From major department stores on Fifth Avenue to designer boutiques in Soho, Manhattan has long been recognized as one of the world’s most exclusive shopping hotspots.
But in recent years, America’s fashion capital has been marred by back-to-back store closures as skyrocketing rents and the rise of e-commerce increasingly complicate business for brick-and-mortar veterans. This week alone, Tommy Hilfiger became the latest retail casualty in New York’s prime shopping neighborhood. Here are some of the notable storefronts that have gone dark in the upscale borough.
Tommy Hilfiger on Monday said that it would shutter its 22,000-square-foot global flagship at 681 Fifth Ave. The four-level store, which opened a decade ago, was designed by Callison Architects in collaboration with the Hilfiger creative team, heavily exhibiting the brand’s signature American aesthetic. The company is also closing its 9,000-square-foot Collins Avenue outpost in Miami on April 28 — ending the lifespans of the only two full-price Tommy Hilfiger stores in North America. It still has more than 200 outlets and upwards of 1,500 full-price stores around the world.
Only a month after creative chief Raf Simons’ departure in December, fellow PVH Corp. brand Calvin Klein unveiled plans to cut staff and close its historic Manhattan flagship at 654 Madison Ave. It debuted on the famed shopping street in 1995, boasting a floor-to-ceiling installation by artist Sterling Ruby that brought attention to the designer label’s high-street 205W39NYC collection. The space was renovated in 2017 and officially shutters in the spring.
Saks Fifth Avenue
A little more than two years after its launch in downtown Manhattan, Saks Fifth Avenue said in December that it would be closing its women’s store at 225 Liberty St. The Brookfield Place boutique, which spanned three levels and 86,000 square feet of real estate, shut down on Jan. 5. Last February, the luxury retailer opened its men’s store that covered 16,750 square feet on a single floor at the neighboring 250 Vesey St. Although it wasn’t technically considered a flagship, the women’s store marked Saks’ second in New York City.
On Jan. 20, Gap shut down its store at 680 Fifth Ave. Once its flagship, the retailer had resided in the Buchmann family-owned building since 1997. The move comes a month after the clothing and accessories business said it was considering shuttering hundreds of its namesake locations “thoughtfully and aggressively” to focus on better-performing stores. (The retailer’s current flagship is located at Times Square and opened in 2017.)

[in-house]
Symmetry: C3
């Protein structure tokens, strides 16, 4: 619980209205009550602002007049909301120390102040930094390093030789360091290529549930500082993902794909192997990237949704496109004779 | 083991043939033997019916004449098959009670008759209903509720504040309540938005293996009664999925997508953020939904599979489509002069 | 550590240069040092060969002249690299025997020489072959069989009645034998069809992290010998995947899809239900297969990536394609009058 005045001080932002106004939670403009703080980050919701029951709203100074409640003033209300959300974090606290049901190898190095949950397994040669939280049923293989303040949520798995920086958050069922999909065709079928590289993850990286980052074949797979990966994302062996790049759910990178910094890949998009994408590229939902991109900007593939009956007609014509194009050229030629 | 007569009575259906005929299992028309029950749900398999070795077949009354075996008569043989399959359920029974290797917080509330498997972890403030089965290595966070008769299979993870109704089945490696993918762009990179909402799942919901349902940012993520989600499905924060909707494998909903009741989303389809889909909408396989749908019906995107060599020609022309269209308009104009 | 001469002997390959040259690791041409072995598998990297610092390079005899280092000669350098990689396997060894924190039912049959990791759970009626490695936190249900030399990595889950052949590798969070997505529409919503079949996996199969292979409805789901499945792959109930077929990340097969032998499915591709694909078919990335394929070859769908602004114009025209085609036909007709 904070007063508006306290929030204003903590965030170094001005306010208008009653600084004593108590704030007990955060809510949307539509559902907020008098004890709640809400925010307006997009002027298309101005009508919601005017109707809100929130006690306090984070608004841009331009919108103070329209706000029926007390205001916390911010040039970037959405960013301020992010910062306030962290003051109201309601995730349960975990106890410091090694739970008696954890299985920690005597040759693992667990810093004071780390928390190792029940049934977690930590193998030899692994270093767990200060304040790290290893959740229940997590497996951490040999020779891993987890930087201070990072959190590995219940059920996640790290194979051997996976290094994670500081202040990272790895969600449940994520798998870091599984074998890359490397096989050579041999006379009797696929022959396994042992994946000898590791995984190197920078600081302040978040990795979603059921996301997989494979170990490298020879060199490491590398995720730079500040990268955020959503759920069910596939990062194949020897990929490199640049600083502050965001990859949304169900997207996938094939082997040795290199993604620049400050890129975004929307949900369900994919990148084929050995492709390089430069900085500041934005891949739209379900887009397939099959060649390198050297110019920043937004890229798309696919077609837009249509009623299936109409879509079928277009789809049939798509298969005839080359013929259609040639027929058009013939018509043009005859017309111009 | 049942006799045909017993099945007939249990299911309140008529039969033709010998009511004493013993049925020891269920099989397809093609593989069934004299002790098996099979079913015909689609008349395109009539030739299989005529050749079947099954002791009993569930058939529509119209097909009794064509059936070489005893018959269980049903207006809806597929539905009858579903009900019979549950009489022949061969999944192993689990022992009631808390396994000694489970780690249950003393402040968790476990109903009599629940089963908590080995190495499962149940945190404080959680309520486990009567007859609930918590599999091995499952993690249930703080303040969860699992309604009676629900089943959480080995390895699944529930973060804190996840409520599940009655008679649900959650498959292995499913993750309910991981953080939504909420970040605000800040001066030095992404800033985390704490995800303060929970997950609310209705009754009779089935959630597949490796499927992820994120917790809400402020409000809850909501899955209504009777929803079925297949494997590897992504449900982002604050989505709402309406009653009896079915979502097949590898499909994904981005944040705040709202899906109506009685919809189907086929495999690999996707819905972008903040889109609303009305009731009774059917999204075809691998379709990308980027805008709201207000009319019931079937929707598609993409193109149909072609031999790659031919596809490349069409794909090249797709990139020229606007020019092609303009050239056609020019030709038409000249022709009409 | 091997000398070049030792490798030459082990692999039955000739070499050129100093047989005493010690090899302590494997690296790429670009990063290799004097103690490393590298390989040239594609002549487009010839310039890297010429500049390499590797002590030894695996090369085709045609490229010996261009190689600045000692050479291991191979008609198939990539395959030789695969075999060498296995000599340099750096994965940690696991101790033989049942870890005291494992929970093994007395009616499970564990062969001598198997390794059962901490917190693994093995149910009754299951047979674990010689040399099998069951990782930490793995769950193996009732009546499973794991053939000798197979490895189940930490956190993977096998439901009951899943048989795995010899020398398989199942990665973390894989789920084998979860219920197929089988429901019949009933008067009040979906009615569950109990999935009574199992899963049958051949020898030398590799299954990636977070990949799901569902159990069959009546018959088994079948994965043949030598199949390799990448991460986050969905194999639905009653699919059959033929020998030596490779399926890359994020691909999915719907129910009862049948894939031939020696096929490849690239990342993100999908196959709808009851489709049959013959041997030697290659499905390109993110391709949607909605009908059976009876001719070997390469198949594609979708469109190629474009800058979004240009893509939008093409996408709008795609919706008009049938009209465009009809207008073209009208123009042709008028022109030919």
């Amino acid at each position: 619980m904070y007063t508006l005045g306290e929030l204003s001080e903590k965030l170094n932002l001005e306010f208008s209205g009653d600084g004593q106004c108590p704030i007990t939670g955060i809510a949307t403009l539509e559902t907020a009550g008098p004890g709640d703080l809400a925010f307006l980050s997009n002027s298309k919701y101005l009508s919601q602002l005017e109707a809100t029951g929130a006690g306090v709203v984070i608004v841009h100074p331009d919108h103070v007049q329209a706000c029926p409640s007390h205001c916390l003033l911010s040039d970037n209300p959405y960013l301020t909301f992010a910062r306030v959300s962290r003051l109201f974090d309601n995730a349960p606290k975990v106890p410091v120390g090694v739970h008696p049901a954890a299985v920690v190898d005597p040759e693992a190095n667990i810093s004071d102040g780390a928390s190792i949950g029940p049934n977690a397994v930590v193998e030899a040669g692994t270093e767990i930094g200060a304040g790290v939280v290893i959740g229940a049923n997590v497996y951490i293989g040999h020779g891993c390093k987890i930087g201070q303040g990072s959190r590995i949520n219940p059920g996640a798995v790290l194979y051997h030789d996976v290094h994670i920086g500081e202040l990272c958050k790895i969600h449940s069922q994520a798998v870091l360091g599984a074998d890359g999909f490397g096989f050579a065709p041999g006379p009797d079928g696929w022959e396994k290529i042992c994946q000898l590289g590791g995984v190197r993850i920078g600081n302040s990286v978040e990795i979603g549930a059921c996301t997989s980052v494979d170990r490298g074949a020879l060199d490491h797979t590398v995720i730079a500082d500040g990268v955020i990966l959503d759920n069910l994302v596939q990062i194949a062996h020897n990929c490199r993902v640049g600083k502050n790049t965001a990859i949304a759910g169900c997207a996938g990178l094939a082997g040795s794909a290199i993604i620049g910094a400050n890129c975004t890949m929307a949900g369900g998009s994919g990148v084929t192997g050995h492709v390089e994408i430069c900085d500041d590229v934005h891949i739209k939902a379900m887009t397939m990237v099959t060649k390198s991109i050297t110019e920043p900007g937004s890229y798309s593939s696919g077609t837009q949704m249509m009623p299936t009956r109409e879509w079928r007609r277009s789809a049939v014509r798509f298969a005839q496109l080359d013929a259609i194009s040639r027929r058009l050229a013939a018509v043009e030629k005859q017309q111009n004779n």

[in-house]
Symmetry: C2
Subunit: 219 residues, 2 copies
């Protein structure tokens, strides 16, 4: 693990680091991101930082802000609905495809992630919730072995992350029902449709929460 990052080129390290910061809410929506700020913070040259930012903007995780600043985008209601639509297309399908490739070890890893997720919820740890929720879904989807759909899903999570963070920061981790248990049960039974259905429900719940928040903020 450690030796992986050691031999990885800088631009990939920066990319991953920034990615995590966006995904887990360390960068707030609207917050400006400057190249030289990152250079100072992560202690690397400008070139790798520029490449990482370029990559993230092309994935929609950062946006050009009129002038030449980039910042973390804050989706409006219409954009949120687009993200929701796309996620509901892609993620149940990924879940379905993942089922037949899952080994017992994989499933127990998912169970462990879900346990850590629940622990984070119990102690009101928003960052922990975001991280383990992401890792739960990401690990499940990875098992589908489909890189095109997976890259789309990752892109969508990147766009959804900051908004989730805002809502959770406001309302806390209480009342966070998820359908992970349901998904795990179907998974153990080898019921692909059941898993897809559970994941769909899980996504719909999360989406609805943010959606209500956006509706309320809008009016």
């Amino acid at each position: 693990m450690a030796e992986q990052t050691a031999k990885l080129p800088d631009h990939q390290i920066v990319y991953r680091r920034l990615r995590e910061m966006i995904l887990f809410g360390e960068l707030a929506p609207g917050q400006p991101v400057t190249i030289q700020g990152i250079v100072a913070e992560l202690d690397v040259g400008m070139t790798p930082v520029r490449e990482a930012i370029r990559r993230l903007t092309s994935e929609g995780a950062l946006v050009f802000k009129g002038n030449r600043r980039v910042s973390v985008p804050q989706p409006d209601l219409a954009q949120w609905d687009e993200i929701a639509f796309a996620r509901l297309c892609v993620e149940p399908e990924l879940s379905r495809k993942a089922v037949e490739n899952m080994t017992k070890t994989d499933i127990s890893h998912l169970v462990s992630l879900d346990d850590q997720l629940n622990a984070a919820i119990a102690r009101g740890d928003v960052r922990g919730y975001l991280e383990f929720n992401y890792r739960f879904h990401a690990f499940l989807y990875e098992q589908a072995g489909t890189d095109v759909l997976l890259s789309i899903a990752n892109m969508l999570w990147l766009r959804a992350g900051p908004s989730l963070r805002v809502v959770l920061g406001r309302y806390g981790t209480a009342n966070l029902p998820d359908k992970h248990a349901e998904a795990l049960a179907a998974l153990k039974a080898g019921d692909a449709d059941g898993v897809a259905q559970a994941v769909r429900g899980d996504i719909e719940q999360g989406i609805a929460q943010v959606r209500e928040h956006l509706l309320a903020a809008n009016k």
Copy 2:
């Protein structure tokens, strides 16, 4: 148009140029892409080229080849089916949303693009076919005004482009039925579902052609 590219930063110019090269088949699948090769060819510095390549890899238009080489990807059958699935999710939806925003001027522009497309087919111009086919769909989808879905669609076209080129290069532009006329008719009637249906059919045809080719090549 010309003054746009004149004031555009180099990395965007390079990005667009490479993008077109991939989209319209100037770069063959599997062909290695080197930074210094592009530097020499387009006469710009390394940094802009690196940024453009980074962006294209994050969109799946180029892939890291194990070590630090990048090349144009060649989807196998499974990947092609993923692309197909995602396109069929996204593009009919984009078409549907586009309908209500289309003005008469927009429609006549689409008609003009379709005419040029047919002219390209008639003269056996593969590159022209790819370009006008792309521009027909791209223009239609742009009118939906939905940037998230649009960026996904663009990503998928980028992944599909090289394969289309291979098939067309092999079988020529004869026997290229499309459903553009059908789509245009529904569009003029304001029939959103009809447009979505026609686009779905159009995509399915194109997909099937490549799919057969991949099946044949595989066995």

Henri Bendel made headlines in September following parent company L Brands’ announcement that it was shutting down the legacy brand’s website and 23 locations come January. The company debuted its shop in New York’s Greenwich Village in 1895 and eventually expanded into its Fifth Avenue flagship in 1913. That year, it became the first to carry Coco Chanel in the U.S., and in the 1960s, it employed Andy Warhol as an in-house illustrator. In its heyday, Henri Bendel — reputed for its high-end handbags, footwear and other accessories — was a New York retailer that belonged to the ranks of merchants like Bergdorf Goodman and Saks Fifth Avenue.
Lord & Taylor
Last year, Lord & Taylor revealed that it would hand over its 11-story flagship building on 38th Street to co-working company WeWork, which bought out the 650,000-square-foot landmark for $850 million in 2017. Founded in 1826 on the Lower East Side, the retailer moved into the space that occupies an entire Manhattan block on Fifth Avenue in 1914, and it officially closed its doors on Jan. 2. Additionally, parent company Hudson’s Bay Co. last fall said that it would cut Lord & Taylor’s store count by up to 10 — about a fifth of its total — as the department store chain puts more emphasis on its digital offerings, even inking a partnership with Walmart.com.
After two years in business, Ralph Lauren’s Polo flagship closed at 711 Fifth Ave. in April 2017 as part of a company restructuring plan. It became one of the first major brands to announce that it was shuttering the doors to its New York City flagship. The store’s merchandise was then integrated into Ralph Lauren’s other New York City locations, as operations continued at seven stores as well as its Polo Bar Restaurant.
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